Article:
Responding to the “new” question of workers’ rights and organised trade unionism in the 19th century did not come easily for the Catholic Church. The papacy in particular was essentially a medieval monarchy in thinking, and up until 1870 it governed a chunk of what is now central Italy called the Papal States; this was wrested from the pope, much to his horror, by the forces of Italian unification.
The monarchical mentality can also be seen in the hierarchical structuring of the Church: at the top the pope (the king), beneath him the bishops (the equivalent of feudal lords), then the clergy (the functionaries of the lords) and then the laity (the peasants). The rise of capitalism and labour—captains of industry who fitted into none of the categories, and workers who were not bound to any lords but employees—shattered this classic pattern.
To make matters worse, the workers were restless—demanding greater political and economic rights, not least to bargain for their wages. Add to this the emergence of a socialist movement, often quite anti-religious, and one can see how complex the whole picture had become.
From 1891, papal Catholic Social Teaching tried to address these problems. Read from our perspective today, the early social encyclicals likes Rerum Novarum and Quadregesimo Anno seem cautious, even grudging in tone, at times even apparently attempting to defend a hierarchical socio-economic order that had already broken down: We must allow a just wage and the formation of unions (preferably Catholic ones to counter dangerous Marxist ideas!), but we must defend private property at all costs too. Moreover we should aim at a kind of compact between capital, labour and the state—often all too reminiscent of the social order of fascist states like Salazar’s Portugal or Mussolini’s Italy.
Gradually, however, Catholic social thought—driven, it should be noted, by the grassroots practice of Catholics in trade unions around the world who increasingly found common ground with their secular and even socialist comrades—came to see that this model could not work.
To their credit, successive popes like John XXIII, Paul VI and John Paul II saw the need for more forthright statements in defence of workers, to the point where John Paul II (in 1981’s Laborem Exercens) could say that when it came down to a conflict between the needs of workers and the interests of capital, labour should trump capital. Coming from a pontiff who was fiercely anti-communist, this was radical indeed!
How did this change happen? To a large degree we can see it as a fruit of Vatican II, where many bishops particularly from Latin America and Asia, insisted that the question of justice for workers be put on the agenda.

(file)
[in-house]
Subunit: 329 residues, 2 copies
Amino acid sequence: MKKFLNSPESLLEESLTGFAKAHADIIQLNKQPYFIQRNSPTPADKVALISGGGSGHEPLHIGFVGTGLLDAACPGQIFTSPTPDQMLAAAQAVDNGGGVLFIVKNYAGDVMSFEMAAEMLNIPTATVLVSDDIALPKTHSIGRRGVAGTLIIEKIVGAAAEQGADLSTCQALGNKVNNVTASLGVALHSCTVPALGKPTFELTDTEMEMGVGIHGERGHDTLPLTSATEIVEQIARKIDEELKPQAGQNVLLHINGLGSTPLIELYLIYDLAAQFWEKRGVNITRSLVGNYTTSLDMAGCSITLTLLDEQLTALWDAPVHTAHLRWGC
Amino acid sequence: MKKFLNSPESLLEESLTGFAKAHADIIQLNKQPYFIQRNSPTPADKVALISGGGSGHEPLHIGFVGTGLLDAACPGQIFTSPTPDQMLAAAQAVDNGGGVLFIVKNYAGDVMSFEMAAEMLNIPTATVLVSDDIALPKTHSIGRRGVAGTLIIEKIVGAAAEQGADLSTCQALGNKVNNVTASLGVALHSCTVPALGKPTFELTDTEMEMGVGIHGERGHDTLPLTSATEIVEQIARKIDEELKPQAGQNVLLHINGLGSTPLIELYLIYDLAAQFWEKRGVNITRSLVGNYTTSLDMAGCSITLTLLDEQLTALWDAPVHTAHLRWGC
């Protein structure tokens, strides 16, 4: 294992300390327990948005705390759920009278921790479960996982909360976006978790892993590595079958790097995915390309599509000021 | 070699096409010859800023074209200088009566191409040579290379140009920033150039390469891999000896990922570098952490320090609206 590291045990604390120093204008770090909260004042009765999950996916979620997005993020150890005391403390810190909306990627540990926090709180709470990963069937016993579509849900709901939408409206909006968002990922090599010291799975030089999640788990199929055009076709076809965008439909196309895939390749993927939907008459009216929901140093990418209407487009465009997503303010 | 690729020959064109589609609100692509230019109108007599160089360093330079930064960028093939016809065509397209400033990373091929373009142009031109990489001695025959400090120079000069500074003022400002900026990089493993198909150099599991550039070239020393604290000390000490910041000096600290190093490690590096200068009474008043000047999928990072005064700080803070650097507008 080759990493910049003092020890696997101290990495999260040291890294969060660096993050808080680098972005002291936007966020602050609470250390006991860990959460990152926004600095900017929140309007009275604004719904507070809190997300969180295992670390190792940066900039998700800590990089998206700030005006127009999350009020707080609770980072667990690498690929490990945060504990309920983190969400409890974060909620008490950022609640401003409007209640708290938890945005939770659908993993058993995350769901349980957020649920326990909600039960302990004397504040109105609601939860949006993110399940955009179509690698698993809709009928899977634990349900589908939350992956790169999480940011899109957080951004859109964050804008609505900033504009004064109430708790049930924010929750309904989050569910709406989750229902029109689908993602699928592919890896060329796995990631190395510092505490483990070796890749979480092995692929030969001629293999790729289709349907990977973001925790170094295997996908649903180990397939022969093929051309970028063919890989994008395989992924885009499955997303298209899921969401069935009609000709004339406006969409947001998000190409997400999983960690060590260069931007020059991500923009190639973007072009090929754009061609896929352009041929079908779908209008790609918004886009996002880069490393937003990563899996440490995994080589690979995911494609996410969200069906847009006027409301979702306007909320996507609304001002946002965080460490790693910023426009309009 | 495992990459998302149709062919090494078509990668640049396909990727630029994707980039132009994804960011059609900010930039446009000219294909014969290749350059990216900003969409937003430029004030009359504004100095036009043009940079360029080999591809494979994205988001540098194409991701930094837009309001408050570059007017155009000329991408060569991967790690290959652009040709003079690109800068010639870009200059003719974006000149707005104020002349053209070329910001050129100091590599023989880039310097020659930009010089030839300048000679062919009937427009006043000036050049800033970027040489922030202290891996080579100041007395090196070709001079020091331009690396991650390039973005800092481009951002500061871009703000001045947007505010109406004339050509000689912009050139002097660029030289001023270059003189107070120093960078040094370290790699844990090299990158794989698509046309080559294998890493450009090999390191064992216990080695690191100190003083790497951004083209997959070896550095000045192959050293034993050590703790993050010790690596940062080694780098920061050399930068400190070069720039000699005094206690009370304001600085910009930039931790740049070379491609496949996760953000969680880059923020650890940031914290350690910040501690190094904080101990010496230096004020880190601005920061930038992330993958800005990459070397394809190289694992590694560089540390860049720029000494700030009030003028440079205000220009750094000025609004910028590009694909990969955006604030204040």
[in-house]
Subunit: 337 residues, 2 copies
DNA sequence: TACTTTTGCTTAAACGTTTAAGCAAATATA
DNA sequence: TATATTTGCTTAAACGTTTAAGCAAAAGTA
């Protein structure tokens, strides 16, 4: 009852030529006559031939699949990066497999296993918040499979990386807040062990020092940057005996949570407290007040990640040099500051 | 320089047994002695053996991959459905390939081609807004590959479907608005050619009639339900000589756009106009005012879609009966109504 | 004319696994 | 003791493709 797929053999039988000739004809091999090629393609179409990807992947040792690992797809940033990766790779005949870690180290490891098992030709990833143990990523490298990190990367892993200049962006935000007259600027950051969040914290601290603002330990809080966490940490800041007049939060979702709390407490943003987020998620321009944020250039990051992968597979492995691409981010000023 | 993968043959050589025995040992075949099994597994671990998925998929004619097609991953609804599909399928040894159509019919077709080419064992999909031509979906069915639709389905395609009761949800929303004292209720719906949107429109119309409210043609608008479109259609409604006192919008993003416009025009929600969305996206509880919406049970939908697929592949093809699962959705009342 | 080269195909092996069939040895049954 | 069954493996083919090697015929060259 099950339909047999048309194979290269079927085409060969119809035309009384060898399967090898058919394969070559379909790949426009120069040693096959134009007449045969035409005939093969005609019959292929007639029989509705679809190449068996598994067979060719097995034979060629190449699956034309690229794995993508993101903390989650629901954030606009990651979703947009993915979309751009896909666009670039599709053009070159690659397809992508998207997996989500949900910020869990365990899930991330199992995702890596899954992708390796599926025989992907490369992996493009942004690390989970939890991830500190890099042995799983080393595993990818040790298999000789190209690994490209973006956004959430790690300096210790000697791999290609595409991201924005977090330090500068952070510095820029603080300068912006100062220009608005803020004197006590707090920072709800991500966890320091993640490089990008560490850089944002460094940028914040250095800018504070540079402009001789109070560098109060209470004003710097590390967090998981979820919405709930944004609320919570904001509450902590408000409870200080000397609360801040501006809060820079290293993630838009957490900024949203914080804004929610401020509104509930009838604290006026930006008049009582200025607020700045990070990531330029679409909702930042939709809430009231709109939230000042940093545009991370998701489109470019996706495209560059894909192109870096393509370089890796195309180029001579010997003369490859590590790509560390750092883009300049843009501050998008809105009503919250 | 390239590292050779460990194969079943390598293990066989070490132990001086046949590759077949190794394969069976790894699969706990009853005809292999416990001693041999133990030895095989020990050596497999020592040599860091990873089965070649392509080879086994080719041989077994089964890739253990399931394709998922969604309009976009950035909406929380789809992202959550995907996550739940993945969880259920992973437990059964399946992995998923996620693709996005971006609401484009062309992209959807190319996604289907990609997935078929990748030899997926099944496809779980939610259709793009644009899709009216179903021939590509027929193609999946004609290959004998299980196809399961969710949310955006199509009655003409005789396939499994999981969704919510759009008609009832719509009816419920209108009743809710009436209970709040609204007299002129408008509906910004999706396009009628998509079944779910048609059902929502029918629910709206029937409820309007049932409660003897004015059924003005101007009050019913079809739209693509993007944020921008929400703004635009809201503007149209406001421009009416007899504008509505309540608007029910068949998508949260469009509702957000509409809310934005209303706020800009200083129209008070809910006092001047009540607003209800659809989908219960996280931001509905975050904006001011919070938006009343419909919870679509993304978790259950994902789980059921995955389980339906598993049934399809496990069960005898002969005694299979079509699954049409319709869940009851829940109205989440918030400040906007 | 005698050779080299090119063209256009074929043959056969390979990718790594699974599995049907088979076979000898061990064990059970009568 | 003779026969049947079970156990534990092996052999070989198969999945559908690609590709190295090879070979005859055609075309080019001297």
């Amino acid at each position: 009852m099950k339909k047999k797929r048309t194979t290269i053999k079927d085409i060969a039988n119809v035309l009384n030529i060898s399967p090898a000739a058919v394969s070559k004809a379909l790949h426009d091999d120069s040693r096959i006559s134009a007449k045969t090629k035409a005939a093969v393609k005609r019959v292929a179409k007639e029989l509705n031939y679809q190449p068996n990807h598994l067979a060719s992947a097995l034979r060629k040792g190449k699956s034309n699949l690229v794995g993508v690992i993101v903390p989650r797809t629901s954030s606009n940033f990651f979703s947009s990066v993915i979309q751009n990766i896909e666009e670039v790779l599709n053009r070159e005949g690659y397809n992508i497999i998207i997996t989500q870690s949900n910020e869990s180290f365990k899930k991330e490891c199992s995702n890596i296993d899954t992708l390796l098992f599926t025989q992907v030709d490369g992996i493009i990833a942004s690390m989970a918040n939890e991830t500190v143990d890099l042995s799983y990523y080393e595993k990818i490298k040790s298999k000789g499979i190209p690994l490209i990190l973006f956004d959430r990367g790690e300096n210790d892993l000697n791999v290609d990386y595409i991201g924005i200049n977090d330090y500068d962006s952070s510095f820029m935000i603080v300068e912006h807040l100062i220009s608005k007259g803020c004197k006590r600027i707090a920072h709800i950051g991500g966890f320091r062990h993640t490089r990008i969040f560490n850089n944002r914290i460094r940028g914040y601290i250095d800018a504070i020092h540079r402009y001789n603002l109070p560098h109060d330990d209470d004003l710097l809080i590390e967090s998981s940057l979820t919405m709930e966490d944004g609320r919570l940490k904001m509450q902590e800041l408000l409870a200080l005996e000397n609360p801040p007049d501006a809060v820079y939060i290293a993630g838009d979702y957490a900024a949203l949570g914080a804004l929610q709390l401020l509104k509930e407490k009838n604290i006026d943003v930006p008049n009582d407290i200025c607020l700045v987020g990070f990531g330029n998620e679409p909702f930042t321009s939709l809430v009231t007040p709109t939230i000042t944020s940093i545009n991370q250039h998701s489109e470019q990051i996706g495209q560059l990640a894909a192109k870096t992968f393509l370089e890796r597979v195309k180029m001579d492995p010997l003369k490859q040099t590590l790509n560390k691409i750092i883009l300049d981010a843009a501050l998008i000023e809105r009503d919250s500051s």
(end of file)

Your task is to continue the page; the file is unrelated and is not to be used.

A significant section (paragraphs 64-72) of Gaudium et Spes (1965) addressed “economic and social life” directly. It insisted that economic activity should serve humanity and “be carried out in accordance with techniques and methods belonging to the moral order, so that God’s design for [humanity] may be fulfilled” (64).
Vatican II’s moral vision of work insisted that it not be “left to the judgment of a few individuals or groups possessing too much economic power, nor of the political community alone, nor of a few strong nations” (65), clearly rejecting radical free market capitalism, state socialism, as well the kind of dominance by a few (Northern) countries that many “world systems” theorists like Immanuel Wallerstein feared—in effect a new economic colonialism of unequal globalisation.
Vatican II called for greater equality between peoples, the narrowing of the wage gap between workers and employers, and an end to exploitative labour practices. Work had in effect to be humanised—productive certainly, but also creative and the fruit of collaboration between people. Capital and labour needed to collaborate so that all could benefit from work, including enjoying a just share in goods produced (66-69). It envisioned, too, a balance between private property and public ownership, where the latter would benefit everybody.
We can see the vision of Vatican II—in content and method—in subsequent social encyclicals. There are certain basic principles affirmed that need to be interpreted in the light of the “signs of the times”.
Thus one sees in recent social thought an acknowledgment of the reality of economic globalisation, but with a strongly principled call to making the benefits of global capital really accessible to all. And where capital has acted criminally and/or irresponsibly there is a demand for accountability and reform.